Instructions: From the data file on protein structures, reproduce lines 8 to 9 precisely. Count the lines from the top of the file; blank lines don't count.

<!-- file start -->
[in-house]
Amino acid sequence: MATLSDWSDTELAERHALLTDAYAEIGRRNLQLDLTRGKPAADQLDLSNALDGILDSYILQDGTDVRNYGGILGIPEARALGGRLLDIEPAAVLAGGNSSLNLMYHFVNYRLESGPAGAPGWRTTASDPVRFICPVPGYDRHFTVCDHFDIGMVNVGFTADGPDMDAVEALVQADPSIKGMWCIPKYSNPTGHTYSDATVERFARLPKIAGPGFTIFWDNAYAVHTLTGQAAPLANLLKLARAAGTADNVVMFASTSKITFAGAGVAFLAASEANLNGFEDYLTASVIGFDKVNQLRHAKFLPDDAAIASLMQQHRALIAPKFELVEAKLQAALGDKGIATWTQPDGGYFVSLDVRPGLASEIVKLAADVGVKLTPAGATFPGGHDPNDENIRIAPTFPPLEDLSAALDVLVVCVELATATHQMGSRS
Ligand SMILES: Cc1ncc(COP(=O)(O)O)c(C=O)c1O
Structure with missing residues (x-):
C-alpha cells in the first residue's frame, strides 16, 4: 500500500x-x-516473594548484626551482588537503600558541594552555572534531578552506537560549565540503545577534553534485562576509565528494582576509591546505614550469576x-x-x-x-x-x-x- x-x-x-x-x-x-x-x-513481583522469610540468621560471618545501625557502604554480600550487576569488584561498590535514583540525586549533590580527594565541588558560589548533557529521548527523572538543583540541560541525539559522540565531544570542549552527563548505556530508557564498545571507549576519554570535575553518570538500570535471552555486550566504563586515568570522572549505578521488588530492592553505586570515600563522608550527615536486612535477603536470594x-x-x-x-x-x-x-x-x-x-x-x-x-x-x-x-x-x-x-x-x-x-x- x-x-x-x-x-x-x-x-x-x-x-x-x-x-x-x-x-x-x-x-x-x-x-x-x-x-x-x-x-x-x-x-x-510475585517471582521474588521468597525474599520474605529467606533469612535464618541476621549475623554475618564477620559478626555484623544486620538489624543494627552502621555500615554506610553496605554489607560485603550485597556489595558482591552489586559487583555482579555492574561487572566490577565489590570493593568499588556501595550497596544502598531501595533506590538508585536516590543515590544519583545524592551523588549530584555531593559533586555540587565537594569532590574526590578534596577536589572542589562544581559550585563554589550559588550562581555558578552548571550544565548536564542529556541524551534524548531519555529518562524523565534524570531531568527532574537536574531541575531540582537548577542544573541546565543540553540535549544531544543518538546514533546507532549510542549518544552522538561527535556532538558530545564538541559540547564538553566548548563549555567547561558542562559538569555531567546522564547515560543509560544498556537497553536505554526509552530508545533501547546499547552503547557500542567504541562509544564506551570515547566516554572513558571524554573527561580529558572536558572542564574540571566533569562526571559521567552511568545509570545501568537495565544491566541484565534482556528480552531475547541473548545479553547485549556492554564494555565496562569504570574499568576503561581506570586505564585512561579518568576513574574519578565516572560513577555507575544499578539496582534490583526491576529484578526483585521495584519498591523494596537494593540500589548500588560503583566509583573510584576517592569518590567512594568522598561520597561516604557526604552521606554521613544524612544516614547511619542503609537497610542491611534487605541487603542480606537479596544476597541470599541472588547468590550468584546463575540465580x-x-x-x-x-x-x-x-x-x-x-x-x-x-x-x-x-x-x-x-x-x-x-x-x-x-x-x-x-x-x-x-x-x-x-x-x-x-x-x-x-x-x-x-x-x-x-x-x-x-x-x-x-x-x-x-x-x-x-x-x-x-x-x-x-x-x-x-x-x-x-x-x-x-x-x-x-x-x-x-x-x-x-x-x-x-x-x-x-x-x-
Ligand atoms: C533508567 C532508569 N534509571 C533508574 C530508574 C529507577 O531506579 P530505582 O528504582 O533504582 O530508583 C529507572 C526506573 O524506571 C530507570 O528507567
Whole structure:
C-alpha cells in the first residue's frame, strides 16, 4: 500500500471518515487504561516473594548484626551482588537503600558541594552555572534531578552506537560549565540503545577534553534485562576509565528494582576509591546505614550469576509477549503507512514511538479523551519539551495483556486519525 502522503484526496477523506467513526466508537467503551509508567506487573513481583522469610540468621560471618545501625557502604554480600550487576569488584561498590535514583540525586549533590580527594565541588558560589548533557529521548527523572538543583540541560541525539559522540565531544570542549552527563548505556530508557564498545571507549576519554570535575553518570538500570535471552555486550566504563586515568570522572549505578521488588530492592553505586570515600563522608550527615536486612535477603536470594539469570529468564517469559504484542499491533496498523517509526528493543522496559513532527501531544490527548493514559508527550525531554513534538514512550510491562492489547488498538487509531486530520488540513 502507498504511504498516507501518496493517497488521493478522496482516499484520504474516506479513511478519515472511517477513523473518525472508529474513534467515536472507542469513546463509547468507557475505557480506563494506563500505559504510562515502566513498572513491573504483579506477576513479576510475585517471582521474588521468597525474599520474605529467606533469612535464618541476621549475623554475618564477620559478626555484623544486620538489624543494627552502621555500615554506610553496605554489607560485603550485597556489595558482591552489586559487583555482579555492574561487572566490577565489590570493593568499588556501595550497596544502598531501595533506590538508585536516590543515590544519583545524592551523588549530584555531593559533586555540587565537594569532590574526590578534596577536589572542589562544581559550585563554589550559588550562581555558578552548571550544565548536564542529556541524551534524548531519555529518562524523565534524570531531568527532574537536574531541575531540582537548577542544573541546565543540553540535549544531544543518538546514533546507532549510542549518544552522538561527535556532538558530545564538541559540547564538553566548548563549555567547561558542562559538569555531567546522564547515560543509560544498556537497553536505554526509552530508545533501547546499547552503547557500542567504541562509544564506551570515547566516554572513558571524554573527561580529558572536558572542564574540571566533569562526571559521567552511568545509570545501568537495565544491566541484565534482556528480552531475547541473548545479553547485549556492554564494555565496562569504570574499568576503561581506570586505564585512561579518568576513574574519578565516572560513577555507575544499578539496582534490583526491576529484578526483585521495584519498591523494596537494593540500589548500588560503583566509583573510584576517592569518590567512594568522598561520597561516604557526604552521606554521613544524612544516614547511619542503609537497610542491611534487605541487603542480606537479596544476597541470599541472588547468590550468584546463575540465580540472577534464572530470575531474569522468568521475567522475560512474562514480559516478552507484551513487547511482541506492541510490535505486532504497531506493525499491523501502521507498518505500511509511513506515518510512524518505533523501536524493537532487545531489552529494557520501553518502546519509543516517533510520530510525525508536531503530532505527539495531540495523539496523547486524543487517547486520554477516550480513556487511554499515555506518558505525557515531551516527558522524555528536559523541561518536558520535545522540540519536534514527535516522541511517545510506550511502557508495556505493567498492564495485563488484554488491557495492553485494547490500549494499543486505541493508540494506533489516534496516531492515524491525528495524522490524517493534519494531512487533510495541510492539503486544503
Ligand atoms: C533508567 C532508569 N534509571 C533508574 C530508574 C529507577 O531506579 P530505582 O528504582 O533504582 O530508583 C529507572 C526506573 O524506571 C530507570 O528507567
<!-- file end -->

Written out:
C-alpha cells in the first residue's frame, strides 16, 4: 500500500471518515487504561516473594548484626551482588537503600558541594552555572534531578552506537560549565540503545577534553534485562576509565528494582576509591546505614550469576509477549503507512514511538479523551519539551495483556486519525 502522503484526496477523506467513526466508537467503551509508567506487573513481583522469610540468621560471618545501625557502604554480600550487576569488584561498590535514583540525586549533590580527594565541588558560589548533557529521548527523572538543583540541560541525539559522540565531544570542549552527563548505556530508557564498545571507549576519554570535575553518570538500570535471552555486550566504563586515568570522572549505578521488588530492592553505586570515600563522608550527615536486612535477603536470594539469570529468564517469559504484542499491533496498523517509526528493543522496559513532527501531544490527548493514559508527550525531554513534538514512550510491562492489547488498538487509531486530520488540513 502507498504511504498516507501518496493517497488521493478522496482516499484520504474516506479513511478519515472511517477513523473518525472508529474513534467515536472507542469513546463509547468507557475505557480506563494506563500505559504510562515502566513498572513491573504483579506477576513479576510475585517471582521474588521468597525474599520474605529467606533469612535464618541476621549475623554475618564477620559478626555484623544486620538489624543494627552502621555500615554506610553496605554489607560485603550485597556489595558482591552489586559487583555482579555492574561487572566490577565489590570493593568499588556501595550497596544502598531501595533506590538508585536516590543515590544519583545524592551523588549530584555531593559533586555540587565537594569532590574526590578534596577536589572542589562544581559550585563554589550559588550562581555558578552548571550544565548536564542529556541524551534524548531519555529518562524523565534524570531531568527532574537536574531541575531540582537548577542544573541546565543540553540535549544531544543518538546514533546507532549510542549518544552522538561527535556532538558530545564538541559540547564538553566548548563549555567547561558542562559538569555531567546522564547515560543509560544498556537497553536505554526509552530508545533501547546499547552503547557500542567504541562509544564506551570515547566516554572513558571524554573527561580529558572536558572542564574540571566533569562526571559521567552511568545509570545501568537495565544491566541484565534482556528480552531475547541473548545479553547485549556492554564494555565496562569504570574499568576503561581506570586505564585512561579518568576513574574519578565516572560513577555507575544499578539496582534490583526491576529484578526483585521495584519498591523494596537494593540500589548500588560503583566509583573510584576517592569518590567512594568522598561520597561516604557526604552521606554521613544524612544516614547511619542503609537497610542491611534487605541487603542480606537479596544476597541470599541472588547468590550468584546463575540465580540472577534464572530470575531474569522468568521475567522475560512474562514480559516478552507484551513487547511482541506492541510490535505486532504497531506493525499491523501502521507498518505500511509511513506515518510512524518505533523501536524493537532487545531489552529494557520501553518502546519509543516517533510520530510525525508536531503530532505527539495531540495523539496523547486524543487517547486520554477516550480513556487511554499515555506518558505525557515531551516527558522524555528536559523541561518536558520535545522540540519536534514527535516522541511517545510506550511502557508495556505493567498492564495485563488484554488491557495492553485494547490500549494499543486505541493508540494506533489516534496516531492515524491525528495524522490524517493534519494531512487533510495541510492539503486544503
Ligand atoms: C533508567 C532508569 N534509571 C533508574 C530508574 C529507577 O531506579 P530505582 O528504582 O533504582 O530508583 C529507572 C526506573 O524506571 C530507570 O528507567